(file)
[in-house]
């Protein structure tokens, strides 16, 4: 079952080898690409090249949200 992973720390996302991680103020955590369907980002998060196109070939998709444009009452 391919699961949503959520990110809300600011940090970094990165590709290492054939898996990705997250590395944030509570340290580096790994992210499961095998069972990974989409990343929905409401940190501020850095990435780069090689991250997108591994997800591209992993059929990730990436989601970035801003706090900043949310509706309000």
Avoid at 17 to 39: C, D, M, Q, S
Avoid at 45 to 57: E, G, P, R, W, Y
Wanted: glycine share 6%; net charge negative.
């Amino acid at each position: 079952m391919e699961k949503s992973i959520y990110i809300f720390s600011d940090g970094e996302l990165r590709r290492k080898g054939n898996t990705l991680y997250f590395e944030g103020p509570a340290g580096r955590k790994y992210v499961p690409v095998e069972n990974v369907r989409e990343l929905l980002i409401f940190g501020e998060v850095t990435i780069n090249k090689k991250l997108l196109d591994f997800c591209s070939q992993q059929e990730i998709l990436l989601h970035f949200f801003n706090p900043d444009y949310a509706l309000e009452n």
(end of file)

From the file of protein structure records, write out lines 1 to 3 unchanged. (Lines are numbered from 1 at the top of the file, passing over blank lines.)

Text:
[in-house]
């Protein structure tokens, strides 16, 4: 079952080898690409090249949200 992973720390996302991680103020955590369907980002998060196109070939998709444009009452 391919699961949503959520990110809300600011940090970094990165590709290492054939898996990705997250590395944030509570340290580096790994992210499961095998069972990974989409990343929905409401940190501020850095990435780069090689991250997108591994997800591209992993059929990730990436989601970035801003706090900043949310509706309000």
Avoid at 17 to 39: C, D, M, Q, S